Muslims celebrate Eid al Adha, or Feast of Sacrifice

Edi al-Adha, or Feast of Sacrifice, that commemorates the Prophet Ibrahim's faith, at the prayer ground in Lagos, Nigeria, Monday, Sept. 12, 2016. Eid al-Adha marks the end of hajj. (AP Photo/Sunday Alamba)
Edi al-Adha, or Feast of Sacrifice, that commemorates the Prophet Ibrahim's faith, at the prayer ground in Lagos, Nigeria, Monday, Sept. 12, 2016. Eid al-Adha marks the end of hajj. (AP Photo/Sunday Alamba)

CAIRO (AP) -- Muslims worldwide are celebrating the first day of Eid al-Adha, or "Feast of Sacrifice," the most important Islamic holiday that commemorates the willingness of the Prophet Ibrahim -- also known as Abraham to Christians and Jews -- to sacrifice his son before God stayed his hand.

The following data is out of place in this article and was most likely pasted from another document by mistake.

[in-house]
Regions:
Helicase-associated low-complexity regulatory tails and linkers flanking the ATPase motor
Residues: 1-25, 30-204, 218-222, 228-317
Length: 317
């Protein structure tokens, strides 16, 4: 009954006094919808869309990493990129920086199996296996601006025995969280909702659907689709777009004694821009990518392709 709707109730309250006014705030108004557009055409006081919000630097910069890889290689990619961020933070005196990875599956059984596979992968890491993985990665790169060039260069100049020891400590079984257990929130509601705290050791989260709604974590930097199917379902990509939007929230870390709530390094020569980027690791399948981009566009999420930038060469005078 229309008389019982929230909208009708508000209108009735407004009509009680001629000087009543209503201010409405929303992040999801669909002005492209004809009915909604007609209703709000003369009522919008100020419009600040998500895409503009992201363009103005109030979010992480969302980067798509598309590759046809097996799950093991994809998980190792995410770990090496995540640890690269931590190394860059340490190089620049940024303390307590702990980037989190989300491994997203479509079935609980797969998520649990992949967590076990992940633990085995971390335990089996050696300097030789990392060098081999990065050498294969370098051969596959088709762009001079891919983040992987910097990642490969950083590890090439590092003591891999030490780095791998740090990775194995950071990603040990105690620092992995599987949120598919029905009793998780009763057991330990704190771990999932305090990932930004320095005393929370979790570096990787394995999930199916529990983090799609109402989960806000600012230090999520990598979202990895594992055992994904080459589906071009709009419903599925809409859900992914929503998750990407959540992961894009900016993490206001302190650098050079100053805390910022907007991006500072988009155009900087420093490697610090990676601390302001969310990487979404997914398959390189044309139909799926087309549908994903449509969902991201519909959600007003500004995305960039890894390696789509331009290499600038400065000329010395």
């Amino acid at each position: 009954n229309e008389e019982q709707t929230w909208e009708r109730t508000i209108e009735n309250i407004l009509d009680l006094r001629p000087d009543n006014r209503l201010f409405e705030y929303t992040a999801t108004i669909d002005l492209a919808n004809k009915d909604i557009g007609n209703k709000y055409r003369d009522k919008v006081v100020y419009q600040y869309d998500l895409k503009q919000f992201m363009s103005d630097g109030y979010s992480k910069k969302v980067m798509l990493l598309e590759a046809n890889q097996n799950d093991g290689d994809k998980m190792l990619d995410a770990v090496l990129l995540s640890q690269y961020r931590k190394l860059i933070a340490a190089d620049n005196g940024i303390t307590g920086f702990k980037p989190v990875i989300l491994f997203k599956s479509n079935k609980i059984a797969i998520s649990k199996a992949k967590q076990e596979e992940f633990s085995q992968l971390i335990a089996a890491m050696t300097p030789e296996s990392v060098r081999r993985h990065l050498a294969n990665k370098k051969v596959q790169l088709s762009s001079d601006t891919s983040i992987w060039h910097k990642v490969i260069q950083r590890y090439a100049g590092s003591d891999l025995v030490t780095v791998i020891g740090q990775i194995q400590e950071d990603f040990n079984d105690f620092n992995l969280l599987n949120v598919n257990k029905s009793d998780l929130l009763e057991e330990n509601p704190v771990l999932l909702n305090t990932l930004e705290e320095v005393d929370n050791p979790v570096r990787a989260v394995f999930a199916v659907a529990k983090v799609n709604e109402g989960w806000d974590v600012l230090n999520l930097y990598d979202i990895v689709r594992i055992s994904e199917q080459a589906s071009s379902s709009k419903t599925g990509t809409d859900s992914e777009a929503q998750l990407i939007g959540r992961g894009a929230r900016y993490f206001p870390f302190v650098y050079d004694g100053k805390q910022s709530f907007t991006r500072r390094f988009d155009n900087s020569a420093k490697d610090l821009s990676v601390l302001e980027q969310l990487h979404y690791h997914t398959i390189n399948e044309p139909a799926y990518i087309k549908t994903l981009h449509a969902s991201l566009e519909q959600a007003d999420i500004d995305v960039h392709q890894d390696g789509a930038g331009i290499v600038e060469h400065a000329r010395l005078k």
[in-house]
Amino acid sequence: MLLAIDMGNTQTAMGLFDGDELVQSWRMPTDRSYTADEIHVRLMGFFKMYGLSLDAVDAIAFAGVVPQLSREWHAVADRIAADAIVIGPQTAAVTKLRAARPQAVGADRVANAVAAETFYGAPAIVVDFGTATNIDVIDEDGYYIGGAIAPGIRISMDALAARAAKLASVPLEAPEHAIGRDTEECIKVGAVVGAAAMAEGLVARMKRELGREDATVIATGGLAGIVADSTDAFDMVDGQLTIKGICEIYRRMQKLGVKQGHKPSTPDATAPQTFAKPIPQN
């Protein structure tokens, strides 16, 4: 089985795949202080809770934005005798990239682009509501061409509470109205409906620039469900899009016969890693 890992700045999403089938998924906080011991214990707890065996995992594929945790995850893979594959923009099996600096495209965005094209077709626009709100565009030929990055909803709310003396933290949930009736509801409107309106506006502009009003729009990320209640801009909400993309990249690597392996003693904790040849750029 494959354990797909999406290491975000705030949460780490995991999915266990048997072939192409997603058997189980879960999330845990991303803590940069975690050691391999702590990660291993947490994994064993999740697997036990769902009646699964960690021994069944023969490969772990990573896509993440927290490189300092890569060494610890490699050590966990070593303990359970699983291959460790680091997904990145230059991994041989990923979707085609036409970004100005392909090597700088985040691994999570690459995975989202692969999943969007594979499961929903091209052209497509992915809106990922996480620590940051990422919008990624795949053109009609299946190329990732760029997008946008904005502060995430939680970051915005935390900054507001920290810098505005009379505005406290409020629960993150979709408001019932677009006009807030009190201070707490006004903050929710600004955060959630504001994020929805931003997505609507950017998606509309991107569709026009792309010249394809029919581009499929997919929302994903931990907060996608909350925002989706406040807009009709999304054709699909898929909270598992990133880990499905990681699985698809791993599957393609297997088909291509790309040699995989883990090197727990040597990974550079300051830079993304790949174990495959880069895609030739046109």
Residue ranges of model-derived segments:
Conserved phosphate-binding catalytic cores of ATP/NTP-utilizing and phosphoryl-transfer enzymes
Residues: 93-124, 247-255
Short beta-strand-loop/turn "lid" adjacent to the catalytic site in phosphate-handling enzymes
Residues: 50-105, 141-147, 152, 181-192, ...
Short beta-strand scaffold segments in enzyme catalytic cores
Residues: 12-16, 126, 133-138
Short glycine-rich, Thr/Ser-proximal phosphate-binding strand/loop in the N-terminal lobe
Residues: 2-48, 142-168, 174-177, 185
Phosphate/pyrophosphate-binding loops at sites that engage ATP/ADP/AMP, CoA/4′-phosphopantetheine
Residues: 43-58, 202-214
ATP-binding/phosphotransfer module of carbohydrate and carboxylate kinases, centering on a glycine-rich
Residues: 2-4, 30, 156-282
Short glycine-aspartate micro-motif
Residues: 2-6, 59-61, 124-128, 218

During the holiday, which ends Thursday, Muslims slaughter livestock, distributing part of the meat to the poor. The holiday begins on the 10th day of the Islamic lunar month of Dhul-Hijja, during the hajj pilgrimage.

In Saudi Arabia, close to 2 million pilgrims performed Monday one of the final rites of the hajj by symbolically stoning the devil.

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